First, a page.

But people should not think of yoga as providing the same benefit as aerobic exercise. Each potentially produces benefit in different ways.

Skip caffeine

Coffee has some health benefits, but lowering blood pressure isn’t one of them. Caffeine can cause short-term spikes in blood pressure, even in people without hypertension.

If you have high blood pressure, it’s a good idea to moderate your caffeine intake to about two cups of coffee per day. You can check whether you’re sensitive to caffeine’s blood-pressure-boosting effects by checking your blood pressure before and within a half hour after consuming your caffeinated beverage. If it increases by 5 or 10 points, you could be caffeine sensitive.

Meditate

Meditation—whether it involves chanting, breathing, visualization, or all the above—can be an effective stress-management tool for many people, Burg says. Again, the important thing is that it makes you feel good, and that you can commit to doing it consistently.

Bottom Line: High blood pressure should be controlled in order to avoid heart disease or a stroke. Many people can decrease their dependence on medication if they use a few of these ideas to lower their blood pressure. Of course, if the blood pressure does not decrease, you should speak to your doctor about one of the many blood pressure lowering medications.

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Caffeine And Urinary Incontinence

May 10, 2015

Urinary incontinence affects millions of American men. Caffeine may contribute to the problem. This blog will discuss a new study that implicates our dear cup of joe as a culprit for incontinence.

The amount of caffeine that’s typically found in just two cups of coffee may contribute to urinary incontinence in men, according to a new study.

The amount of caffeine that’s typically found in two cups of coffee may contribute to urinary incontinence in men. Therefore, men who are having problems with urinary incontinence should modify their caffeine intake.

The report doesn’t prove that caffeine causes bladder leakage, but the men in the study who consumed the most caffeine were more likely to have the problem than those who consumed the least.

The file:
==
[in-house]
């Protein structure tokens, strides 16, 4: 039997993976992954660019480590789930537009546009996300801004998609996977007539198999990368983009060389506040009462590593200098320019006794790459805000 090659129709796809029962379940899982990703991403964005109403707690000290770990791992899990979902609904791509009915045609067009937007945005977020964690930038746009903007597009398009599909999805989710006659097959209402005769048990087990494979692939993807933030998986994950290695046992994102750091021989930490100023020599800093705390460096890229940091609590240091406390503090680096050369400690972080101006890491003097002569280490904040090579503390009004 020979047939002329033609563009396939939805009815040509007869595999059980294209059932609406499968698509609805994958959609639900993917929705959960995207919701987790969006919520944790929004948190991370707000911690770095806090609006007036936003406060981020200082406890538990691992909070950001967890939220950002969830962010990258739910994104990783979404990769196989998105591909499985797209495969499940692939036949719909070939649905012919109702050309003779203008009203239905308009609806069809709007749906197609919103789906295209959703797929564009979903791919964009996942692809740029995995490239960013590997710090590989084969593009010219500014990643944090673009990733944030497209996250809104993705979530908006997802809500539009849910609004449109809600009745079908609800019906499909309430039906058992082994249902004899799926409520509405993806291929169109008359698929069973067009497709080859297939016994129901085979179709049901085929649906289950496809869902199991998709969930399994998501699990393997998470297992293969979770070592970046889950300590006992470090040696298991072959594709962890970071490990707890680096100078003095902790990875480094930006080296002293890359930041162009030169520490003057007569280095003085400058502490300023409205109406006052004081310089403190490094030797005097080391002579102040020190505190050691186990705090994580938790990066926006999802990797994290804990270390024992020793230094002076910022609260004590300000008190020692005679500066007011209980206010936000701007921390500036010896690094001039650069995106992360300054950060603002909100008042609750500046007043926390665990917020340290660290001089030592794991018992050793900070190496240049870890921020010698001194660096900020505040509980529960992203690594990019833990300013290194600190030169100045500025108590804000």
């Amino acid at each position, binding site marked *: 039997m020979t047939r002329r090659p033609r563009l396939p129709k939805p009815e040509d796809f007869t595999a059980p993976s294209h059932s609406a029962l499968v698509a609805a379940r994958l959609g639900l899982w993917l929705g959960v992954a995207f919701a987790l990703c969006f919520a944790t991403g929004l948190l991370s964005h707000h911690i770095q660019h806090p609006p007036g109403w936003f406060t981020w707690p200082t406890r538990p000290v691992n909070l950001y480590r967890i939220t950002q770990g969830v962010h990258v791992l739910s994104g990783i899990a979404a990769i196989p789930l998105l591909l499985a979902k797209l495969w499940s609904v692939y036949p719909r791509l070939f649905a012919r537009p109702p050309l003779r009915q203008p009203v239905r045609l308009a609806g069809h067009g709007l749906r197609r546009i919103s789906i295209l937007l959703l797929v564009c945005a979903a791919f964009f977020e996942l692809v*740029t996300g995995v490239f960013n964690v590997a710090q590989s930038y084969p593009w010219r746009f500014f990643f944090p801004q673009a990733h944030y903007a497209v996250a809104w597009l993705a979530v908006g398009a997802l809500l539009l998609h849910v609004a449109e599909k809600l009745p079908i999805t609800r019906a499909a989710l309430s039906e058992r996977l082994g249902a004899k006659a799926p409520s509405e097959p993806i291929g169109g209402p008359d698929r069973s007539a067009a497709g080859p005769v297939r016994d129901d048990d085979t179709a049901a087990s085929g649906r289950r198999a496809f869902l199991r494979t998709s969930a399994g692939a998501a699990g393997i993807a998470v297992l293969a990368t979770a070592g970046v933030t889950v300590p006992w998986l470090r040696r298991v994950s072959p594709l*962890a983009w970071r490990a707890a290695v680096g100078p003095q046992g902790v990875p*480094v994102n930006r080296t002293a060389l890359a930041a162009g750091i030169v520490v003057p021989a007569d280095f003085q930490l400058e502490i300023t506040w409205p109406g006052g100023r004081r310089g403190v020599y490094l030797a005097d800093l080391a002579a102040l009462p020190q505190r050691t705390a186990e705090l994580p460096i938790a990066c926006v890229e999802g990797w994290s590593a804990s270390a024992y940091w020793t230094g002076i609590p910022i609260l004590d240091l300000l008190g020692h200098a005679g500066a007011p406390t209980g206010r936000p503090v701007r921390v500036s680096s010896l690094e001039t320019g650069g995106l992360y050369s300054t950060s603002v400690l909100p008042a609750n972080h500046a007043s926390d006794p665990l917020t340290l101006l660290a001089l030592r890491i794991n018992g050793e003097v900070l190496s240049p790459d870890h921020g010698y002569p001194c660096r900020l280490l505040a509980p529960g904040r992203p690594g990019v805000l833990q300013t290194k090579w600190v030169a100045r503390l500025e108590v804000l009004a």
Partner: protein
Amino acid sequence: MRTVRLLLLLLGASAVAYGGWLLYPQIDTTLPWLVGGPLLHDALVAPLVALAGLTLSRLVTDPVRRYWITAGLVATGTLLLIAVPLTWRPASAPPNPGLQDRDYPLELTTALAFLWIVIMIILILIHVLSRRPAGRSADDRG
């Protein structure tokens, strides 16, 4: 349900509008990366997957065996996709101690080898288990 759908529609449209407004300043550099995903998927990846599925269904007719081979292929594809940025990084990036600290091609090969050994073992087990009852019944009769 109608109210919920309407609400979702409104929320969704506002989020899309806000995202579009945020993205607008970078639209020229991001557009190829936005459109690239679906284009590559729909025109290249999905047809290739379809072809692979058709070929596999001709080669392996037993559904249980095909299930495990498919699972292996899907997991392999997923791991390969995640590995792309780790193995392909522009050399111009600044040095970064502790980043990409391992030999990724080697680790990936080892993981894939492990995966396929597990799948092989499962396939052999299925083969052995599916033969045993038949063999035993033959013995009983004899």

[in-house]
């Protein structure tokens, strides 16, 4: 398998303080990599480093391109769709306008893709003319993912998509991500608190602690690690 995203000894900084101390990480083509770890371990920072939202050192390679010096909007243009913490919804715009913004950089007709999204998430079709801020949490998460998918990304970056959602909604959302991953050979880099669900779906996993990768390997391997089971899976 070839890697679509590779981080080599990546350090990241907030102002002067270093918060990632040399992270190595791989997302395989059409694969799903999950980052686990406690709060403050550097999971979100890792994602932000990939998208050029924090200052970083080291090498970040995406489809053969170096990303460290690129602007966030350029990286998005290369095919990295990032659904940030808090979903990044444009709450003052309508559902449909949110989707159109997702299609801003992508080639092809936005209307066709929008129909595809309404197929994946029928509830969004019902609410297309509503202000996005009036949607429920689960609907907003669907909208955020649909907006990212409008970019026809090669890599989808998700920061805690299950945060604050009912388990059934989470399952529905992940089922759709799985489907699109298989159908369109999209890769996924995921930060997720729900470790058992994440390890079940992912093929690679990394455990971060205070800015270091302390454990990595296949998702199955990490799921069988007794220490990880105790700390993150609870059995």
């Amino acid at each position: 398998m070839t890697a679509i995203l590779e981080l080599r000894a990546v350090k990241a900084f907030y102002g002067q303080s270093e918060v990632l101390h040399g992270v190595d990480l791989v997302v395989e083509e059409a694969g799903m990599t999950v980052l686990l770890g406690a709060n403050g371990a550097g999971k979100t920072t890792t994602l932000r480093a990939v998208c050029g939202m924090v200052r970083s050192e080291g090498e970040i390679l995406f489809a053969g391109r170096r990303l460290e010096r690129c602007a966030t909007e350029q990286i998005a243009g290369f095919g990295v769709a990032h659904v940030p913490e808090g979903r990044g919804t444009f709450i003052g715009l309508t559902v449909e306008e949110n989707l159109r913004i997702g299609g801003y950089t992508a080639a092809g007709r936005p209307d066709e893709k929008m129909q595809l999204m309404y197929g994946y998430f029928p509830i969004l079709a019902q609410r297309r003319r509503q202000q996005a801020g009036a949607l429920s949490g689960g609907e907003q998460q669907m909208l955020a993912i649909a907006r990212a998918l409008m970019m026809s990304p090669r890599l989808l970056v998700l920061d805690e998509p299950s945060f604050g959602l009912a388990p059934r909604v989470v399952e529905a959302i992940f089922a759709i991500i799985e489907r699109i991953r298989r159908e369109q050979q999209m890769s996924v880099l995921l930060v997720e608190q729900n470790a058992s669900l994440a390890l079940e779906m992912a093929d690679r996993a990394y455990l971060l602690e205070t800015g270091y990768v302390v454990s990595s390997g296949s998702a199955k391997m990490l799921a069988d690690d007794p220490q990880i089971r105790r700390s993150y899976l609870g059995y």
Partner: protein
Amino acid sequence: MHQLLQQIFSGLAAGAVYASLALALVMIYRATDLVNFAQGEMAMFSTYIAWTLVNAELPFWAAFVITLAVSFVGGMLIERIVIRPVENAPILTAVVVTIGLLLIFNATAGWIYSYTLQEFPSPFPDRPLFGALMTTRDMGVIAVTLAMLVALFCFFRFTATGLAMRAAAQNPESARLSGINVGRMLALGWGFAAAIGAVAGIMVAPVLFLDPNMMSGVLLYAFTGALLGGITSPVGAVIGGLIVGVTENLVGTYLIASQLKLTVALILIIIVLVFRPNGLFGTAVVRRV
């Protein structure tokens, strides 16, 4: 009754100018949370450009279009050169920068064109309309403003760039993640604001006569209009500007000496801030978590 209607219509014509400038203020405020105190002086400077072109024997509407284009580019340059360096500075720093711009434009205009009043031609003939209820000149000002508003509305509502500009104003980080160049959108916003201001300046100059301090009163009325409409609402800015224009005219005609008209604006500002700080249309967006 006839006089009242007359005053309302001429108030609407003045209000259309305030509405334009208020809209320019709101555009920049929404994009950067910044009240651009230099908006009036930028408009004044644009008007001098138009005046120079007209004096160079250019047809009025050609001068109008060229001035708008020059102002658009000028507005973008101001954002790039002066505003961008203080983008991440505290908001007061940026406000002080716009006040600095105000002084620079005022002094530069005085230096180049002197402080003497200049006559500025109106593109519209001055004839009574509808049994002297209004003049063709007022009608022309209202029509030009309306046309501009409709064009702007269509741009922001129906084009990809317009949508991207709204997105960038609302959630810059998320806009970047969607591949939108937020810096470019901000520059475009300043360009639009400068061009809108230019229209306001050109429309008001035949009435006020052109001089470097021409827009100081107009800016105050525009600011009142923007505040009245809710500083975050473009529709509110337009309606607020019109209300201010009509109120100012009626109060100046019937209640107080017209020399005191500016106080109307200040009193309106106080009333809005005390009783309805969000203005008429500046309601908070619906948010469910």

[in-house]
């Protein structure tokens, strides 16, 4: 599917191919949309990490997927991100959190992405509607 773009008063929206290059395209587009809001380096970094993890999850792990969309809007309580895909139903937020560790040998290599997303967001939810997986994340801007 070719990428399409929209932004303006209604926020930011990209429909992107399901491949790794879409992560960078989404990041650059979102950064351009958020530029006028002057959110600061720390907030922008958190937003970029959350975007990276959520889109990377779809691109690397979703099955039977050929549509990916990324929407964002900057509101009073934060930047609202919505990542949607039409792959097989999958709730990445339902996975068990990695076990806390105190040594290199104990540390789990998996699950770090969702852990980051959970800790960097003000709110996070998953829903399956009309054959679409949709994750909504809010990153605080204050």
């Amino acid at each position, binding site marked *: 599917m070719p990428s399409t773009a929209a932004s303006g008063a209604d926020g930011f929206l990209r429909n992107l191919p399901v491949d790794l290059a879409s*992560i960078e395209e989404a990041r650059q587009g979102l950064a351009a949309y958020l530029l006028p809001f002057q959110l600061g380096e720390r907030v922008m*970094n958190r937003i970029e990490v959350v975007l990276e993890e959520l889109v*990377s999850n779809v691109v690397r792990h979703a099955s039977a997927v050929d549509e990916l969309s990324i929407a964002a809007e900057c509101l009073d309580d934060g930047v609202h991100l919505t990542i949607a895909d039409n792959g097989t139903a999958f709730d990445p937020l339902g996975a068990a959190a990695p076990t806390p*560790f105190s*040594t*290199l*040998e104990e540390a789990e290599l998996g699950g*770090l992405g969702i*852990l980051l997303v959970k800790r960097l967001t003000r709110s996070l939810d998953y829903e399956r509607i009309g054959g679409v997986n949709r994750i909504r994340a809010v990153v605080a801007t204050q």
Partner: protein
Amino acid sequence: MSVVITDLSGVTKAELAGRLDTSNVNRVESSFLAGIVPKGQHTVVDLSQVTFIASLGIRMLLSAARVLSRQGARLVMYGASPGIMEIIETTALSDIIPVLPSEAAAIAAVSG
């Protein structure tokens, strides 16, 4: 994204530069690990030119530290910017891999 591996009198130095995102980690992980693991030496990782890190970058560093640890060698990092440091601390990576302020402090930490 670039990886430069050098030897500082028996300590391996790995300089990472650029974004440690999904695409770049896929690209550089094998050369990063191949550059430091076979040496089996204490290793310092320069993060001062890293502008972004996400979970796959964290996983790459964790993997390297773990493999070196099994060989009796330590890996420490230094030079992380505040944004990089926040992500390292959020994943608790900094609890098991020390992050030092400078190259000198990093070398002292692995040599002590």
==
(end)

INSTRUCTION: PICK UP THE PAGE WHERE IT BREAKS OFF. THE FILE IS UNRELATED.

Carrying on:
Plenty of research has linked caffeine to incontinence among women. But little is known about whether there is a similar connection for men.

It’s estimated that 85% of Americans, myself included, consume caffeine regularly, both in beverages like coffee, tea and soft drinks, and in foods like candy, pastries and ice cream containing chocolate.
Estimates of urinary incontinence among US adult men range from 5% to 21%.

The recent study showed that the man who consumed an average of 169 mg of caffeine every day. That’s a little more than the typical 125 mg in a cup of coffee.

About 13% reported leaky bladder, but only 4.5% had a problem considered moderate or severe, i.e., more than a few drops of urine leakage during the course of a month.

After adjusting for the men’s age and other risk factors, the researchers found that those who consumed at least 234 mg of caffeine every day were 72% more likely to have moderate to severe urinary incontinence than those who consumed the least caffeine.

What the study found
Men who consumed more than 392 mg of caffeine daily were more than twice as likely to be incontinent.

Total water intake, in contrast, was not linked to a man’s risk of moderate to severe incontinence.

It’s not just a matter of how much fluid a person takes in. Dr Markland said that some research in women suggests caffeine irritates the bladder, and she believes that may also underlie the association in men.

Bottom Line: I don’t think it’s a call for action to stop drinking coffee but if you are having an incontinence problem, you may want to decrease your caffeine consuption.

Things To Avoid If You Have Urge Incontinence

May 10, 2015

Overactive bladder is common problem affecting millions of American men and women. The condition impacts a person’s quality of life and can make them miserable. This blood will discuss non-medical solutions that won’t cure the problem but will help control OAB.